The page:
DME Competitive Bidding Expansion
On April 9, CMS announced the winning 799 suppliers now eligible to participate in the 91-city expansion of Medicare's durable medical equipment (DME) competitive bidding program. Additionally, CMS said 18 suppliers have accepted contracts to provide mail-order diabetic testing supplies. More than 2,641 suppliers bid to be a part of the program, which begins on July 1, 2013, in cities like New York, Chicago and Los Angeles. According to the agency, the suppliers have 2,988 locations to serve beneficiaries. CMS said that competitive bidding is expected to save $25.7 billion between 2013 and 2022 on Medicare Part B, and beneficiaries are expected to save $17 billion as a result of lower coinsurance and premium payments.
3. State Activities
Update on State Health Exchange and Medicaid Expansion Decisions
With states working through decisions of how to, or whether to, implement key provisions of the ACA, McGuireWoods Consulting created a quick-reference chart outlining what form of health insurance exchange the states will establish (state-run, federal-run or partnership), and whether or not the state will expand its Medicaid program. Also included is a figure representing the potential number of residents in the state that would receive coverage under a fully expanded Medicaid program, as provided for by the ACA.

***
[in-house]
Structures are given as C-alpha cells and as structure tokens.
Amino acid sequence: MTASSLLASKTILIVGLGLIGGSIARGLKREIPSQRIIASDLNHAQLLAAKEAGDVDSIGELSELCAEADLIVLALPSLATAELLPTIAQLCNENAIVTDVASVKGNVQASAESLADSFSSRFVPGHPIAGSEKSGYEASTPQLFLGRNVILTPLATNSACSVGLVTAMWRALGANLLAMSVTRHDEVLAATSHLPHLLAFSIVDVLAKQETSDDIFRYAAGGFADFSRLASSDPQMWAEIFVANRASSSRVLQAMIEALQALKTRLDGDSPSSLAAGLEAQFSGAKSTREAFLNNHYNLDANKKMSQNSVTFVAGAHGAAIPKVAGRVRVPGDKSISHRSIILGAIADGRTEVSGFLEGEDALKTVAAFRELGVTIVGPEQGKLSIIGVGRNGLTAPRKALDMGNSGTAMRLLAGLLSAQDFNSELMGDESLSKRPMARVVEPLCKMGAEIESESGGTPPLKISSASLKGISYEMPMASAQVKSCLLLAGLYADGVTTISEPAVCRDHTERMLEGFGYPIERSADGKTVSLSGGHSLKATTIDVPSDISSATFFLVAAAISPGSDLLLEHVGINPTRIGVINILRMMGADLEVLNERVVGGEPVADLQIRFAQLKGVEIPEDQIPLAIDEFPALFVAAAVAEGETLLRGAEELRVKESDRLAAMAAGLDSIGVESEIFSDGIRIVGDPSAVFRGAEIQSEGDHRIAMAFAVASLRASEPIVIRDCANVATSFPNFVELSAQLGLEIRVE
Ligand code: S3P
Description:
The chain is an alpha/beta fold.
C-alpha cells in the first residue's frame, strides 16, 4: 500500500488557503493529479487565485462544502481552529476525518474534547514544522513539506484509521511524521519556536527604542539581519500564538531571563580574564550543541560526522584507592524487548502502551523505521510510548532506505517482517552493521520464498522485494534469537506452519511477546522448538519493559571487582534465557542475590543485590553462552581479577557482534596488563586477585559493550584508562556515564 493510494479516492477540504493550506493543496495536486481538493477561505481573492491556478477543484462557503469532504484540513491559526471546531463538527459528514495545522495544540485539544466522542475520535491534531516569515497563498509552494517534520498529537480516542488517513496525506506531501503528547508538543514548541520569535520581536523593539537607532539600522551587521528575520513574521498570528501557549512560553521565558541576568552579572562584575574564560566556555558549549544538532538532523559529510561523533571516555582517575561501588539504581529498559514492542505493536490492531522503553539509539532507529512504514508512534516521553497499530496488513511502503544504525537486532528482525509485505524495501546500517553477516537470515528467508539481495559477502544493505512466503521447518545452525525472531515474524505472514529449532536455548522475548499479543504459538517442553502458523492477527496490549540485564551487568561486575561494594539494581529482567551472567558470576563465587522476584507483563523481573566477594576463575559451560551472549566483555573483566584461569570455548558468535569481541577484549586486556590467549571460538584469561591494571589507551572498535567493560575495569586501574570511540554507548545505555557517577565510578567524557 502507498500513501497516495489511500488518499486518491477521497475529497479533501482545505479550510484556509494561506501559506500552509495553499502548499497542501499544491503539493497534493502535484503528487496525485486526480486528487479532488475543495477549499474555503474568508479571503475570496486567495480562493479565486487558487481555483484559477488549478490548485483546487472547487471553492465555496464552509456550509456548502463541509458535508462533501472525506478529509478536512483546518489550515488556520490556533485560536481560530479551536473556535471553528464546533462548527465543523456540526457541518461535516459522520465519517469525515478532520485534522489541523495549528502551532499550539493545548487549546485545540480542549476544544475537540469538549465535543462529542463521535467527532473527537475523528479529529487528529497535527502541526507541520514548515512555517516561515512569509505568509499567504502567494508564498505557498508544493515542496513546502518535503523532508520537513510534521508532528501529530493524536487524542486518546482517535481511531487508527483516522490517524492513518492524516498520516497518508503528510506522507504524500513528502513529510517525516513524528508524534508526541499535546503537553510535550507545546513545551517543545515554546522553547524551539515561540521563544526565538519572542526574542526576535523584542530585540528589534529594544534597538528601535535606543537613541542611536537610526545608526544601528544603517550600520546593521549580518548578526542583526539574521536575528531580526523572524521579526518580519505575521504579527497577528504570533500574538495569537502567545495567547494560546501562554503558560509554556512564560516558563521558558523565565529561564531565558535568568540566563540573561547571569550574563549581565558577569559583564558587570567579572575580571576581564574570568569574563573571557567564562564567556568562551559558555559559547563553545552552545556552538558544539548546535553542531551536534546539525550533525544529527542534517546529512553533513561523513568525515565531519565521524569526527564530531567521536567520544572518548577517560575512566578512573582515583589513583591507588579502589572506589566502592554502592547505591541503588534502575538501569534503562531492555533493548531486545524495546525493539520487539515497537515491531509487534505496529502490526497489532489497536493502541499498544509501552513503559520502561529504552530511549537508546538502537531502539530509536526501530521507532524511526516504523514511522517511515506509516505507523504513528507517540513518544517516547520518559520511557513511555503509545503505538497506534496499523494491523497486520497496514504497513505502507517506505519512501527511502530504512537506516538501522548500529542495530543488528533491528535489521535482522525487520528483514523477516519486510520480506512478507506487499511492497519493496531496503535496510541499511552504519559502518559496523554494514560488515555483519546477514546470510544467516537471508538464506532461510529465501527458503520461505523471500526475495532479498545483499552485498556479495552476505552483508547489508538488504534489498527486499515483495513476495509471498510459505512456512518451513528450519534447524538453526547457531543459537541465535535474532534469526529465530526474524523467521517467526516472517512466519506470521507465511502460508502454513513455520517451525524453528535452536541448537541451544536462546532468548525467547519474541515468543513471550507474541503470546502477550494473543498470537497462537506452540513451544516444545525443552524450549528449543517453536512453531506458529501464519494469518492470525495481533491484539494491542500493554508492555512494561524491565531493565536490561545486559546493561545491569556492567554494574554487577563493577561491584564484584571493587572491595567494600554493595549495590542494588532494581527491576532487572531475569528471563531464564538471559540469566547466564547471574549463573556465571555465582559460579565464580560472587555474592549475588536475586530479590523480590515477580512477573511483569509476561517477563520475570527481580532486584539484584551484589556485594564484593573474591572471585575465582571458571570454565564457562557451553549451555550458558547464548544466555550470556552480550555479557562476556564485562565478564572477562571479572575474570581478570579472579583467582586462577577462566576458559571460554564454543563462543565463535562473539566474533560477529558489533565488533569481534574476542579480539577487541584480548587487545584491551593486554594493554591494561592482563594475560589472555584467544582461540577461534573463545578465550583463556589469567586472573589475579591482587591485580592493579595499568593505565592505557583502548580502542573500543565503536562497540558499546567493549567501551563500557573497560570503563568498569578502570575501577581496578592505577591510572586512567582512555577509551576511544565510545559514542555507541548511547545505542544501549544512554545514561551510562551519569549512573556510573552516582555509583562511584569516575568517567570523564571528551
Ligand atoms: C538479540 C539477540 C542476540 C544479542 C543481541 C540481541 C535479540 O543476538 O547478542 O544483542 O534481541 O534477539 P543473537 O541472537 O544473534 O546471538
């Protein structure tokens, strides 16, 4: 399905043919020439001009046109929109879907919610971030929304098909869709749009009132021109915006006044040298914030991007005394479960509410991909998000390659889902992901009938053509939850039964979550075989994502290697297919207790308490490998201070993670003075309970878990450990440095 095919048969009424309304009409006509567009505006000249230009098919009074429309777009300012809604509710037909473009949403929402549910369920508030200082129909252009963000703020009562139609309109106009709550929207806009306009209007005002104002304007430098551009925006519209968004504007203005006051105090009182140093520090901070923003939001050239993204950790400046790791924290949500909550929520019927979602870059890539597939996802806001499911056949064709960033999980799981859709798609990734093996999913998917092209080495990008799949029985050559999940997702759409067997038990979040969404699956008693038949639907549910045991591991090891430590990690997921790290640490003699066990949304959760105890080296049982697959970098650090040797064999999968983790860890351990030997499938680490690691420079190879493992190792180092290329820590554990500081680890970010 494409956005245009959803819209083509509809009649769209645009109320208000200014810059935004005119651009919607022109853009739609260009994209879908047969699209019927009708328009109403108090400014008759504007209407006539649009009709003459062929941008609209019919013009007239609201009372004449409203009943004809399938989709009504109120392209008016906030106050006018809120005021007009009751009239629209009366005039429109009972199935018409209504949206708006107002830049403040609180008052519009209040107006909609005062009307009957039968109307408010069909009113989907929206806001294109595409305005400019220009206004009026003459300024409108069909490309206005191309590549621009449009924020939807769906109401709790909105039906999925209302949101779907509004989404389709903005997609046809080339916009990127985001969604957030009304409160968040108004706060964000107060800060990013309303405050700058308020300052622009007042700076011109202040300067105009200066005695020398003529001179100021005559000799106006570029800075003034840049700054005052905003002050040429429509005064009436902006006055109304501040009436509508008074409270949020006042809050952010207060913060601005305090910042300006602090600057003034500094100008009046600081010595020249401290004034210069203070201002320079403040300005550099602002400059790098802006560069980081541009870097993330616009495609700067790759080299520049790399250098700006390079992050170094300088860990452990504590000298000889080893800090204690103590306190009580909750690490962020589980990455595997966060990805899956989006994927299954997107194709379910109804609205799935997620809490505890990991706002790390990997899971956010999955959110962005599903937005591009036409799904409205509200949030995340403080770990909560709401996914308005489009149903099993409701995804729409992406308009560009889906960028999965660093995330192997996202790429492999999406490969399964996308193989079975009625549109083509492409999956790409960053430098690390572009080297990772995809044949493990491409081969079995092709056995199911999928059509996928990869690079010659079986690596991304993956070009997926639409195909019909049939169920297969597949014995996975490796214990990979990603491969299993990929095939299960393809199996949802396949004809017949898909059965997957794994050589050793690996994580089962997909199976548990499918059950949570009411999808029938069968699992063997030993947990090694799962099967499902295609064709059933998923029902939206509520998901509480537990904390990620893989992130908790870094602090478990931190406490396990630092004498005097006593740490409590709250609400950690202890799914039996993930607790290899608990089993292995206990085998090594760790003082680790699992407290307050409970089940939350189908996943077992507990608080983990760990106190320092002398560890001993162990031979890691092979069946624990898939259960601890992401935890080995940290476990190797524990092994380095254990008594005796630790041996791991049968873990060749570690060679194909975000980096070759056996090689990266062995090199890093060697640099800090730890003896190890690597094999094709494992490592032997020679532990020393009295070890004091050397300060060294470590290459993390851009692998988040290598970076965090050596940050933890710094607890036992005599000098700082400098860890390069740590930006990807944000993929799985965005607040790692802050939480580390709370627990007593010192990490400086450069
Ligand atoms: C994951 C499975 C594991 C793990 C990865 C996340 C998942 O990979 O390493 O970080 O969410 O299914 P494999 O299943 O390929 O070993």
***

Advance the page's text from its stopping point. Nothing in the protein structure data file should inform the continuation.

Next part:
Arkansas House Passes Hybrid Medicaid Expansion Plan
The Arkansas state House last week passed, by a 62-37 vote, a plan to expand Medicaid coverage pursuant to the ACA, using federal dollars to buy private health insurance. However, in order to receive funding, the legislature must also pass a bill to actually fund the proposal, and they must pass it with at least 75 votes. House Speaker Davy Carter said Friday that a vote on funding would be delayed until Monday. The vote is expected to be closely watched, as Arkansas has spearheaded the idea of such an expansion, and HHS Secretary Sebelius has acknowledged she will review the potential compromise should it be enacted by the state.
4. Regulations Open for Comment
CMS Releases Health Exchange Navigator Rule